This is exactly what I was getting at when I started the thread. My pension will cover all of our expenses if we wanted to retire in our current house and live our current lifestyle. However, thats not what we want. We want to move to S.Florida where the cost of living is much higher and we want to travel alot. We want to be stop worrying about budgets and buy what we want (although Im sure that will be harder to do than I imagine since we've been savers for so long). If I set a new expanded budget and have 100% stocks, then the market takes a big hit like this year, we might have to cut way back closer to how we live now as the 100% stock portfolio takes a big hit. I think I would rather keep our assets seperate from our pensions and stick with a 60/40 type split so I know we will continue to our pensions plus 4% of our retirements assets forever and not have to worry about market fluctuations all that much.
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Old 10-28-2008, 09:59 AM   #28
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A federal govt pension might be considered the equivalent of I bonds while a GM pension might be considered the equivalent of C- junk bonds.
Looks that way for now.......


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Flippant answers aside, what's the correct way of thinking?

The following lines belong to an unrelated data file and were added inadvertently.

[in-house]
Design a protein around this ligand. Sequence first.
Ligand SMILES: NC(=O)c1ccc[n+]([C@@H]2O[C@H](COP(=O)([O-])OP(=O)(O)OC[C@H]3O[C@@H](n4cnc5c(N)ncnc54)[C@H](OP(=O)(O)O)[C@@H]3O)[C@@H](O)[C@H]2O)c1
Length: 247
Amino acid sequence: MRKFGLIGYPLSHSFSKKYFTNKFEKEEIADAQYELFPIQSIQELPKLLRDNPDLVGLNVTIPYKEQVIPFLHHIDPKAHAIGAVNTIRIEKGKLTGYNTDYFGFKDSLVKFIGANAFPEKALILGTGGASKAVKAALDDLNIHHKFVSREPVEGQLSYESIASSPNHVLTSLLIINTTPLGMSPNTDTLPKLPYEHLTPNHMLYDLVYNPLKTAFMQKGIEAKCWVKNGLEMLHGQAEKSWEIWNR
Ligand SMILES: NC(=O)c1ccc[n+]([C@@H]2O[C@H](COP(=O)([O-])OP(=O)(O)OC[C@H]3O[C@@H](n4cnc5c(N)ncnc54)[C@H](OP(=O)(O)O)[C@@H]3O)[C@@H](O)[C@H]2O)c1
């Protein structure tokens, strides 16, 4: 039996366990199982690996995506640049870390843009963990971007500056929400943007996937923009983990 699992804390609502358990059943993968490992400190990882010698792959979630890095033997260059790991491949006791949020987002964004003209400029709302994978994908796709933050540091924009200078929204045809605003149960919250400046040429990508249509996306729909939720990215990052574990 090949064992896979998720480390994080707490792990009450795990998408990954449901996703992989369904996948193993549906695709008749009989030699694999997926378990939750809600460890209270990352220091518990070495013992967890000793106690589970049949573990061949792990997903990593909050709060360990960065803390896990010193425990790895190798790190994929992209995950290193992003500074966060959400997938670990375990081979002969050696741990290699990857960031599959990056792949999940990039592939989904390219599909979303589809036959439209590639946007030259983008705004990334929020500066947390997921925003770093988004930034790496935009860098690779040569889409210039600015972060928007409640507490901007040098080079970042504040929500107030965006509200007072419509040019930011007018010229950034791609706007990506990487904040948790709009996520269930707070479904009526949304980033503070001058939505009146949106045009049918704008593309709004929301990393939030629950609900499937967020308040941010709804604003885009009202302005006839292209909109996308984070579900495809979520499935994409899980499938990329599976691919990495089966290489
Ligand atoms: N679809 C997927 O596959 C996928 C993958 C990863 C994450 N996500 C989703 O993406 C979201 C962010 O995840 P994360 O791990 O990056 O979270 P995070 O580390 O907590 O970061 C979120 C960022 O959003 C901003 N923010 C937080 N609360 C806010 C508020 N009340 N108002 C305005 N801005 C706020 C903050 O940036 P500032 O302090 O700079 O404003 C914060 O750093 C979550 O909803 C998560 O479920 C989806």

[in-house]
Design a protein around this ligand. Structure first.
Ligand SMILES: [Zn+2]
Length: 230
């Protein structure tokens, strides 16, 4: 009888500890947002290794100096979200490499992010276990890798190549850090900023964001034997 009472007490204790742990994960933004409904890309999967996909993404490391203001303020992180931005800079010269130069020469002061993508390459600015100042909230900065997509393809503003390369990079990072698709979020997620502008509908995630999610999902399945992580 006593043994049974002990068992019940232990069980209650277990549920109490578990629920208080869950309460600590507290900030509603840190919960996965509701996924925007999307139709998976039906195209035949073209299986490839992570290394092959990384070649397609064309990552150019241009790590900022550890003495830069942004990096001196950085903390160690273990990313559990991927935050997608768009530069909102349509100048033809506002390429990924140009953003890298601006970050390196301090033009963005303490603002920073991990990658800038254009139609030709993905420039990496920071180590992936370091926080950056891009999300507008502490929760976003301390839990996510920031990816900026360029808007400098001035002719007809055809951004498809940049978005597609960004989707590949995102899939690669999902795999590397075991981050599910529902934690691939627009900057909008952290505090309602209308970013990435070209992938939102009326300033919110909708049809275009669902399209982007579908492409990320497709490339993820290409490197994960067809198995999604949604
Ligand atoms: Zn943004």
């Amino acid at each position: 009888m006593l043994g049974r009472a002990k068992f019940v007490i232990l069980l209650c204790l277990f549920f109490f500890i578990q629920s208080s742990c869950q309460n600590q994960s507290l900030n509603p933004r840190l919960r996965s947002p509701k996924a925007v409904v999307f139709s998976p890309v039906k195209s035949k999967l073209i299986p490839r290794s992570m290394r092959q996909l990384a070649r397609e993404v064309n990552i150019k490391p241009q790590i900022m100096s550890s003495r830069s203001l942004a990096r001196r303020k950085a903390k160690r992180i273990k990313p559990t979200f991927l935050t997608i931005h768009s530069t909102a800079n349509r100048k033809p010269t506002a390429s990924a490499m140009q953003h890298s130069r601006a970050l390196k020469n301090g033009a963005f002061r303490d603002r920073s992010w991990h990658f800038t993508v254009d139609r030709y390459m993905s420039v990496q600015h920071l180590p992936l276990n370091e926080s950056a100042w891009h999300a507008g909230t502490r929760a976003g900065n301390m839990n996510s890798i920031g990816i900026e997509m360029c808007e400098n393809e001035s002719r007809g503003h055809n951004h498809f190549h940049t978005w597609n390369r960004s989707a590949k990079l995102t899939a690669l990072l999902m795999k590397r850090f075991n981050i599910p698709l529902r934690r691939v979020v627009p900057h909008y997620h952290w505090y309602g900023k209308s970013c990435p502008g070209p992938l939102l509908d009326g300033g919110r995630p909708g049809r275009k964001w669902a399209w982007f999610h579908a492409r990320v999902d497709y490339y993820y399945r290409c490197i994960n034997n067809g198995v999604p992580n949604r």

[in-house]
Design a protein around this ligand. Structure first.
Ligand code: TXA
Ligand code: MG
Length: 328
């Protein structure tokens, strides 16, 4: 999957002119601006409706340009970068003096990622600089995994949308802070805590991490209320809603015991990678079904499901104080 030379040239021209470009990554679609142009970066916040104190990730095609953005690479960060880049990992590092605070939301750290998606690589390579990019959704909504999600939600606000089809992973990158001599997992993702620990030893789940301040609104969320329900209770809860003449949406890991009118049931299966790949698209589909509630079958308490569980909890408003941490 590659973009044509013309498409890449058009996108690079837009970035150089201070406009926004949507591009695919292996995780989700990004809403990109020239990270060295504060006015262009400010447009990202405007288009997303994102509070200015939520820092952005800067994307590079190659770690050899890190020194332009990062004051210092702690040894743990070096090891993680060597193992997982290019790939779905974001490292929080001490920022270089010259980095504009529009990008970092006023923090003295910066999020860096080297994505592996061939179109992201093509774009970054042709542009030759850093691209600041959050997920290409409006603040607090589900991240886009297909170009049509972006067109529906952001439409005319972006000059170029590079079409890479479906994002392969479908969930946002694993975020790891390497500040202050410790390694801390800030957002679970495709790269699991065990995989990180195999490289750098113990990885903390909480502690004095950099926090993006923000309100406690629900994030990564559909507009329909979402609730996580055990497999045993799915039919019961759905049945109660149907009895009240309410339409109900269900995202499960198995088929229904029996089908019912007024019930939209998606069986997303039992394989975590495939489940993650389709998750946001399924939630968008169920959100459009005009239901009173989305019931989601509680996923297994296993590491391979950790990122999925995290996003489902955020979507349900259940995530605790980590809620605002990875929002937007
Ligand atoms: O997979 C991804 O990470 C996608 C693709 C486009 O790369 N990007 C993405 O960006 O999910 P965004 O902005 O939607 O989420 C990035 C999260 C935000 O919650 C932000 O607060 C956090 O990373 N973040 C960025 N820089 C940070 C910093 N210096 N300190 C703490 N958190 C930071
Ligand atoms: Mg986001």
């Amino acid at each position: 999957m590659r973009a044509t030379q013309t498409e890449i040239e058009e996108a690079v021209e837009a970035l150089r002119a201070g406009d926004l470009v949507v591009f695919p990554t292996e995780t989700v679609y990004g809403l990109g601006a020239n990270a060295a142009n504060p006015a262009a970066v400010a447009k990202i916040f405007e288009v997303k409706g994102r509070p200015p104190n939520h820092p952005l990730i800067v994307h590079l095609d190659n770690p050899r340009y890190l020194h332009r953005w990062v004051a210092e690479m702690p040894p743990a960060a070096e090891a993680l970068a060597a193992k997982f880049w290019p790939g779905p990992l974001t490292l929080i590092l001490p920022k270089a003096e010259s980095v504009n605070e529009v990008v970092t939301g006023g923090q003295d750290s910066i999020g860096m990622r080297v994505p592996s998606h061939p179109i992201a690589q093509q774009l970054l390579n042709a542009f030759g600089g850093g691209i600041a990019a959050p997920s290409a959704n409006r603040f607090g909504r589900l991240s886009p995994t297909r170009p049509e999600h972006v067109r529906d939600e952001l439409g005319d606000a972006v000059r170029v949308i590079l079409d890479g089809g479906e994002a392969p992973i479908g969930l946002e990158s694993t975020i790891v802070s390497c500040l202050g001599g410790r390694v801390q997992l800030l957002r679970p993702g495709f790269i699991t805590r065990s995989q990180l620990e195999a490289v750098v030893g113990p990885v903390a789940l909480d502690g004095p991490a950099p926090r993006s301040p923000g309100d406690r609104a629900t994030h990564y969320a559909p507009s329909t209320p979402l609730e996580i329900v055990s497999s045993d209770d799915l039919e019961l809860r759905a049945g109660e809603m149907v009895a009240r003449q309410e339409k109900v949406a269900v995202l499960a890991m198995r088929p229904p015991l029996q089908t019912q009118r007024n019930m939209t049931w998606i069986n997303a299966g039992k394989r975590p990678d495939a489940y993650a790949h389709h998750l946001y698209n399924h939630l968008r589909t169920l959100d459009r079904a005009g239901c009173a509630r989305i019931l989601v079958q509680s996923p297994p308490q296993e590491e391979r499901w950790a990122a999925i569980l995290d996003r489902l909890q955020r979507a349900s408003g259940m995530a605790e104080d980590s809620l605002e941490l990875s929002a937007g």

I was being facetious, not flippant.......

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If a COLA pension can be replicated by a Vanguard annuity (depending on who's backing it these days) then how would an annuity affect an asset allocation?
I wonder if Vanguard is going to dump AIG. I doubt Bogle is happy with his VAs being underwritten by AIG these days..........

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While I agree that Bernstein has found that 10-20% bonds have reduced volatility and raised returns along the efficient frontier, that study doesn't include foreign investments (both equities & bonds) or just the dividend-paying stock sector. It doesn't include commodities or REITs or rental real estate. Personally I'd like to see an equivalent study that sets bonds at zero and substitutes cash for the 10-20%. I suspect that recency and changing correlations may have affected all of our "studies", and that none of the old stuff is valid alongside the market's added recent performance.
I have kept international stocks at 15% of my portfolios for 10 years. In the last 5 years, I have been between 5 and 10% in international bonds. I hope the studies will be updated to show how those assets help or hurt investment returns........
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Old 10-28-2008, 12:27 PM   #29